S:  Holly, thanks so much for joining me today! If you would like to learn more about Holly and her books, please visit--


Friday, April 3, 2020

This week in The Loft: Author J.L. Peridot!

Joining me today is Australian author J.L. Peridot. A "first-generation Perthie," J.L. abandoned a tech career to write speculative steamy and romantic fiction. The author of six books, she shares her sunny West Australian home with a loving partner and two bossy cats. In her spare time, she plays Dungeons & Dragons and consumes wholesome memes on Twitter.

Author J.L. Peridot

S:  Good morning, J.L.

What attracts you to the romance genre?

JL:  Honestly, I started writing romance because I thought it would be easy. After all, I figured, it’s a high volume market and trashy love stories don’t have to be any good, right? Yeah, that’s not the reality at all. There’s an art to writing a good romance and since getting into this kind of writing, I’ve learned new things every day about how deep the rabbit hole goes. Love is inherent in so many stories regardless of genre. Romance can have tremendous value as feminist literature--women writing about women enjoying sex sounds pretty feminist to me--and is a fascinating conversation starter.

S:  (Smiles.) You were not alone in thinking that writing romance is easy. I hear that from people all of the time. People are surprised when I point out how much work is involved.

Do you write in other genres?

JL:  I do indeed, though I’ve focused on romance and erotica since my first novel came out a couple of years ago. Before that, I’d written a couple of sci-fi manuscripts, just for fun and to pick up the craft again after a long hiatus. In my teens, I wrote fanfiction and short stories along the lines of sci-fi, action suspense, fantasy, corporate dramas, poor attempts at erotica, and very cringeworthy Mary-Sue romances.

S:  What’s the best advice you have ever been given?

JL:  You know, I’ve been given a lot of good advice that worked out terribly for me when I followed it. Usually coming from well-meaning people who just didn’t consider my circumstances or who I was as a person. So it’s odd in a way that the best advice I ever got was from a YA science fiction book written by someone who has no idea I exist. Following the protagonist as she navigated loss, grief, alien invasion, loneliness, and her personal agency totally blew my adolescent mind. Without being preachy or prescriptive, it gave me a vocabulary and framework for understanding myself and framing the world around me. It’s amazing what books can do, huh?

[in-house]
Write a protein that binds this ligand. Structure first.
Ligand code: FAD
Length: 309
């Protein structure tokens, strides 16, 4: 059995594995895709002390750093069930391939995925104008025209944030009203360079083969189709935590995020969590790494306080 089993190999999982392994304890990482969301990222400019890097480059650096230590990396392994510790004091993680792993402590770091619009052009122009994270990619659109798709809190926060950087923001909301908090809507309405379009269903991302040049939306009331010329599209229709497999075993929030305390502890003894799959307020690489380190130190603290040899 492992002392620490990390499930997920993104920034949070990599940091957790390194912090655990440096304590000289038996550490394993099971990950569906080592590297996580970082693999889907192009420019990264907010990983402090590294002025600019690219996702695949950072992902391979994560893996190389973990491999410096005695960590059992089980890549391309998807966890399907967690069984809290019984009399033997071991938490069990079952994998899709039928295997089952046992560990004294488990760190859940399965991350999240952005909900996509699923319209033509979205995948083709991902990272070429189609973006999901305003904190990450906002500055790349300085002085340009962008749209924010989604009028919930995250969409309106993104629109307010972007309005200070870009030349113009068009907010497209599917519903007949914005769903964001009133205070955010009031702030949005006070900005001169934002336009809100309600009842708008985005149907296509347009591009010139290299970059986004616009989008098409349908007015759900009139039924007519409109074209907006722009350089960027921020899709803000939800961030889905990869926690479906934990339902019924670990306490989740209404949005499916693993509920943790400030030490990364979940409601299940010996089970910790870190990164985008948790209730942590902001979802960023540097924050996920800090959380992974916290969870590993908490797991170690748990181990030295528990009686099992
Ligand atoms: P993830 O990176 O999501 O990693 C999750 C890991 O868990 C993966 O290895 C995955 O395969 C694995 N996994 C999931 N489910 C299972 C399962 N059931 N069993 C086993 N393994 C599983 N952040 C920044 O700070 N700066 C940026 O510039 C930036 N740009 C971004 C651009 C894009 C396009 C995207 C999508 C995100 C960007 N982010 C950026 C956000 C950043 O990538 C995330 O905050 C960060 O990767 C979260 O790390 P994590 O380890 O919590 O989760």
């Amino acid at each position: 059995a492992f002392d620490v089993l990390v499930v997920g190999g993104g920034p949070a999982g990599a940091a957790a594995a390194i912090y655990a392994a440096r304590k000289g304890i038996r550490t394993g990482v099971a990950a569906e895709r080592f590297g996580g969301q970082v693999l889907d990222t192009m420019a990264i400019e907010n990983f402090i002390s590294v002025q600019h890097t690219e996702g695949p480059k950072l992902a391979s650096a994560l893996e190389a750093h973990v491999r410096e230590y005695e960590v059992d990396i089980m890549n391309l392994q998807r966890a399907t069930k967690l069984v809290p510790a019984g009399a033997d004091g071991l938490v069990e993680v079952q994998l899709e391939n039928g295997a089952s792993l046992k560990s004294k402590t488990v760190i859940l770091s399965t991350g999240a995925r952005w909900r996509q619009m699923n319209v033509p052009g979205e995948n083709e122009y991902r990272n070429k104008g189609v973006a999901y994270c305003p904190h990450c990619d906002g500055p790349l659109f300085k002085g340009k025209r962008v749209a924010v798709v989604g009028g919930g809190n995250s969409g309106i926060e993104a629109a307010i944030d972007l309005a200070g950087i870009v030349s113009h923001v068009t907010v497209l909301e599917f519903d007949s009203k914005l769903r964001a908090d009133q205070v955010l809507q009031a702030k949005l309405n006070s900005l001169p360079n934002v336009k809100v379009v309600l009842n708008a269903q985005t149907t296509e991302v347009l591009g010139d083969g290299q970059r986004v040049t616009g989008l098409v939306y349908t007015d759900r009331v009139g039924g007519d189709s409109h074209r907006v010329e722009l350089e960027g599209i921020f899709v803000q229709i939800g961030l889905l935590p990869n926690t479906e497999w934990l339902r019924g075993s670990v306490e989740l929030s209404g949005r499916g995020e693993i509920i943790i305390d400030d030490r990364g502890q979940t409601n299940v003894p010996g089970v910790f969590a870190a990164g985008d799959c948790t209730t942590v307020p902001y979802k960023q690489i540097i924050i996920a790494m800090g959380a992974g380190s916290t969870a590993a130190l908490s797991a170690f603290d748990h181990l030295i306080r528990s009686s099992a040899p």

S:  (Nods.) I wish everyone could find a book that informs their world view. That's so important, especially as a writer.

What do you consider your greatest achievement?

JL:  At the end of 2019, I did that 10 achievements in 10 years thing from Twitter. I don’t think about my achievements much day to day, but that exercise made me realize I’ve done a lot I’m quite proud of. For example, I got out of a bad relationship in my mid-20s, pushing against the pressure I felt from all sides--including my mother--to stay with my ex. Another was releasing a single with a local DJ/producer, as that had been a life goal since I was a kid. But the one that really gives me a warm feeling inside has to do with my cat. When my partner and I first brought her home from the shelter, she had a fear of human feet and human hands approaching from above. That was heartbreaking. What kind of life must an animal have had to make them afraid of that? Over time, we acclimated her to affection, and now she’s very attached to us and gets right into head pats and toe tickles.

S:  I have never understood how people could abuse pets. It's so wonderful that you have provided your cat with a better, more loving environment.

How do you want to be remembered?

JL:  As someone who gave a shit. That’s it, really.

S:  And that's probably enough.

What are you currently working on?

JL:  I'm chipping away at "The Dragon’s Den," the sequel to "Chasing Sisyphus," while also working on a handful of sci-fi, erotic, and romantic short stories. And later this month, I’ll be releasing a new erotic free-read called "About Her," the follow-up to "About Henry" from the CapriLuxe anthology on Wattpad.

S:  Tell me about your book, "It Starts With a Kiss."

JL:  Here's the blurb--

Celeste is a talented engineer who doesn’t realize her job’s going nowhere fast. She’s a little naïve. She’ll cut code and solder cables forever as long as Owen’s around. Owen, on the other hand, knows exactly how badly things suck—he just doesn’t care. Sure, his skills aren’t what they used to be, but they’re still better than what Halcyon Aries deserves.

Then it happens. The company’s toxic management team finally cross the line. As both techies race to upgrade the station and to free the team from their oppressive contracts, they come to learn that life—and love—can only ever be what you make it.

Strap in for a steamy office romance in space, because sometimes It Starts With a Kiss!

S:  (Grins.) Who doesn't like a steamy office romance?  Where can readers buy your book?

JL:  It's available at all major booksellers, including--

S:  J.L., thanks so much for joining me today! If you would like to learn more about J.L., please visit--